I did a bunch of research as I usually do and ended up getting the glasses from SportRX Prescription Eyewear. Rob T. hooked me up and was very patient with me as he made the initial suggestion. I eventually emailed him my prescription and glasses came in soon after. It was a very nice experience.
Anyway, it's funny that I'm sporting Ray Bans since it seems like the wayfarers have made a come back. Maybe us '80s kids are on the attack.
I finally finished the Born to Run book that everyone I workout with seems to cite so I figured I'd get in on the references. One of the things I thought was interesting was the chia seed talk as well as pinole — which seems to be toasted cornmeal with sugar and cinnamon. So chia seeds are supposed to be good for you and doesn't taste like anything. These two I guess are the super foods for the super athlete Tarahumara Indians. Thought I'd give it a shot.
I bought some chia seeds from Amazon. They're not expensive and I've been taking 3 tablespoons, 3 times a day of chia seeds. You're supposed to put the chia seeds in water first to expand. And then the seeds soak up the water and forms a jelly looking barrier around the seed.
Anyhow, I just add more water or pineapple juice (or any juice) to the seeds and drink it up. I've also added it to soft tofu (taho) with maple syrup.
The health benefits are supposed to be pretty good, lowers blood pressure, helps with diet, high levels of omega-3. We'll see how it goes. So far so good, energy is up and food cravings have been down. In a month or two, will see if it actually helps with the diet and blood pressure bit.
One bike is good but if I could have three, one would be a steel bike from Sacha White of Vanilla Bicycles, their alter ego of Speedvagen, or a Dario Pegoretti bike from Italy. (The second one would be a titanium bike from Moots and the third one would be a Parlee carbon fiber bike…ok, fine, and a fourth Parlee triathlon bike).
The bikes from these two guys are well built and just pretty — construction, paint job, geometry. Steel isn't the lightest frame material but can be made pretty light and supposedly the ride is fast, responsive, and fantastic. Steel is also supposed to be pretty durable and easy to repair.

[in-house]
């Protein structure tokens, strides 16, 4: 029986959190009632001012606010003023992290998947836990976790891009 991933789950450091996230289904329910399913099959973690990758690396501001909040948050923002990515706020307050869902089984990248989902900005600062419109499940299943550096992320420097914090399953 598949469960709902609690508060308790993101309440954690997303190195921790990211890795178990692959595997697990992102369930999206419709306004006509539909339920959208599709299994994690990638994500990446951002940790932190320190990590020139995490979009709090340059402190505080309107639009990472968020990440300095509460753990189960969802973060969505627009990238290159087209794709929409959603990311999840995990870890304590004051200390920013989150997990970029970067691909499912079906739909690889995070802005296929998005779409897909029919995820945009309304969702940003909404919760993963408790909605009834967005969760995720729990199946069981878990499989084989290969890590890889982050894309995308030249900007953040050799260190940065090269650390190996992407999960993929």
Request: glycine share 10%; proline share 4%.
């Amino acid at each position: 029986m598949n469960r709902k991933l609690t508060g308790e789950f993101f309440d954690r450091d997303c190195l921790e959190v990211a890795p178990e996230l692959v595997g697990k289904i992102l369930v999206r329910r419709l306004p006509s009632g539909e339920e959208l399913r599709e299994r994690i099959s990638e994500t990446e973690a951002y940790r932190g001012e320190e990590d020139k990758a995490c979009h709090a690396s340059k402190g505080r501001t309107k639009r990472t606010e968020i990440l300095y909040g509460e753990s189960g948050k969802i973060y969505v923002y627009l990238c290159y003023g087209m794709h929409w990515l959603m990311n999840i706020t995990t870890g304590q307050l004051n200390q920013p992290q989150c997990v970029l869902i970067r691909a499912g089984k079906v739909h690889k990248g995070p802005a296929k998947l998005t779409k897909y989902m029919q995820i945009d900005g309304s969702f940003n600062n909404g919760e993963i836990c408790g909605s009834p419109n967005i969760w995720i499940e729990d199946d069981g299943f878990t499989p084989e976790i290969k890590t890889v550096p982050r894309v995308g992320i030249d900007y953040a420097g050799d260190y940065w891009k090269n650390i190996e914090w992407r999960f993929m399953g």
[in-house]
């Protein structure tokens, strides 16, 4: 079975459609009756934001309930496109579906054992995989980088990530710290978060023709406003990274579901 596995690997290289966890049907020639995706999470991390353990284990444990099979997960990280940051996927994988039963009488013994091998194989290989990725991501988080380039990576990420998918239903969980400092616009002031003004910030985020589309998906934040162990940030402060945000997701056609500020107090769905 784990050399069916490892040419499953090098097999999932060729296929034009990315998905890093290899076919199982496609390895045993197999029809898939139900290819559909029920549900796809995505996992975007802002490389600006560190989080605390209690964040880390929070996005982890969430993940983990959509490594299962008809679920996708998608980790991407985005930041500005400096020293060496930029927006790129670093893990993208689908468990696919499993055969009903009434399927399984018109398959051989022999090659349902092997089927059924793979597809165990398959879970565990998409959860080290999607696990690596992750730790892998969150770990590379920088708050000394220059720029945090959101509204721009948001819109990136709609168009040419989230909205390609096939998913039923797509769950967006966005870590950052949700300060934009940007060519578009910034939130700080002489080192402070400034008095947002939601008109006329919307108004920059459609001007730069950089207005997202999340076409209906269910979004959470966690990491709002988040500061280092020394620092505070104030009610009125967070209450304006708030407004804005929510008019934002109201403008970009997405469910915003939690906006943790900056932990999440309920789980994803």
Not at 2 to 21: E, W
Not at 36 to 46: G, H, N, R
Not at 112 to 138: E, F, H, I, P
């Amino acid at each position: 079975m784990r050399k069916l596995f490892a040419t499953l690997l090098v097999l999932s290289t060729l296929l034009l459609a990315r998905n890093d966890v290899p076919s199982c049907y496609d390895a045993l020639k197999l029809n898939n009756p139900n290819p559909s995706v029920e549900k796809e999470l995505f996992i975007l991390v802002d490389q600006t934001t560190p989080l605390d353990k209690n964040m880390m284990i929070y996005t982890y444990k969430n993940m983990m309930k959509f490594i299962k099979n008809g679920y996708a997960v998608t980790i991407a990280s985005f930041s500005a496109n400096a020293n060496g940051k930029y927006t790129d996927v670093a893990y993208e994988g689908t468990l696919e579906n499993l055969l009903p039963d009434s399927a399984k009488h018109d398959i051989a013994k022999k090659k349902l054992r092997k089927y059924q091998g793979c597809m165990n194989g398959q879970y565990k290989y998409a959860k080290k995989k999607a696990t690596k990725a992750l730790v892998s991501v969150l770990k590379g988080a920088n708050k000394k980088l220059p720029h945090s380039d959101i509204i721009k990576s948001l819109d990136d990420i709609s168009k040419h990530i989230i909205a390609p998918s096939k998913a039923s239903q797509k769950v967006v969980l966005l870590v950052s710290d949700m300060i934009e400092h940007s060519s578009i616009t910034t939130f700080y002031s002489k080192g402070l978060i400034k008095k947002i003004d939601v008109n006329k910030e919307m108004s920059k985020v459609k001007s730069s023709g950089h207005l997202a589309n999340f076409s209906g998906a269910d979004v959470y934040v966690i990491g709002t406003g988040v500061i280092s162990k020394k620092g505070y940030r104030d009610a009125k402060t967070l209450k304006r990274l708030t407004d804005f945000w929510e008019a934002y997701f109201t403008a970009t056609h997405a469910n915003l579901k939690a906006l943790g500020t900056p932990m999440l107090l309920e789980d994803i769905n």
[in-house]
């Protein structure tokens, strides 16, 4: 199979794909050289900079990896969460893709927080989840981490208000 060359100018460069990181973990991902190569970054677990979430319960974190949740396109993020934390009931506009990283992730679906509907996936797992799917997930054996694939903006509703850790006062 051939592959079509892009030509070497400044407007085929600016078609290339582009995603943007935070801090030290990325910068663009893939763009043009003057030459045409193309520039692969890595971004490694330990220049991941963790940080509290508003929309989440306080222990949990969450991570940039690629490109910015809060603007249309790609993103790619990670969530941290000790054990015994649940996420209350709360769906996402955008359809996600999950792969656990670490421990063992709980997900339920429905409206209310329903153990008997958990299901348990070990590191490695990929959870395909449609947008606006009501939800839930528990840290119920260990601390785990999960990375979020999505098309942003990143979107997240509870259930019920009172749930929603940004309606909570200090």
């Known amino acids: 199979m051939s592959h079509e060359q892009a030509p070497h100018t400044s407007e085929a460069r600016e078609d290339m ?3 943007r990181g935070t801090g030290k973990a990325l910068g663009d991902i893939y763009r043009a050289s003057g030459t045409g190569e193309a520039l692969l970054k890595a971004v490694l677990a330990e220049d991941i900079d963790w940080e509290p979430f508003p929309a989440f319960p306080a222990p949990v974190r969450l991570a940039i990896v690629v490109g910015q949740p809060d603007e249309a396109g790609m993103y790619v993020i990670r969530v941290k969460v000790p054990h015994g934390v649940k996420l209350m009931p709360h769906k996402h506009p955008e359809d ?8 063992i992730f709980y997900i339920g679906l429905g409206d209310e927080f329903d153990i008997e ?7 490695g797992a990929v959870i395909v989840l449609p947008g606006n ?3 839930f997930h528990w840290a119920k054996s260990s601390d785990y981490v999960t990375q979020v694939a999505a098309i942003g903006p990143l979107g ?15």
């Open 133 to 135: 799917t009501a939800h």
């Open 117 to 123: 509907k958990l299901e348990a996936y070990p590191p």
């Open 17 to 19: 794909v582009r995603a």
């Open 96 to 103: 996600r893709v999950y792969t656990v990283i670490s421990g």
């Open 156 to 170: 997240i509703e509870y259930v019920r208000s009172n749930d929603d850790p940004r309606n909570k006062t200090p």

I have a few silly product posts coming up, going to start with soap. I honestly can't tell you why soap to start, but one day just wanted to get the *one* soap, one scent and just stick with that for the rest of my life and not think about it anymore. Maybe I watched another rerun of Fight Club or too many Old Spice commercials.
I guess I was using Dove and Ivory bar soap and then at some point switched to a Kiehl's body scrub soap for men which was nice. I started experimenting with Caswell & Massey soap and I liked their Jockey Club, Oatmeal, Verbena, and Number Six soaps.
Now, I'm sticking with a soap that's been around for ages, savon de Marseille. Basically a soap made in Marseille mostly out of olive oil and they've been doing it for over 500 years. It lathers really well so I use it instead of shampoo and there's not much of a scent and it doesn't dry my skin either. It comes in a big block so I have to cut it to size and that's about all there is to it. One less thing to think about.
If there's a place I'd love to visit again, it would be Marseille. It sounds silly but Marseille is a little bit like Oakland, a port city, diverse, edgy, hip hop, and great weather. Our food story is getting better in Oakland too.
(There is an Oakland soap, Cal Ben Pure Soap, but haven't gotten the urge to try it yet, supposed to be good though)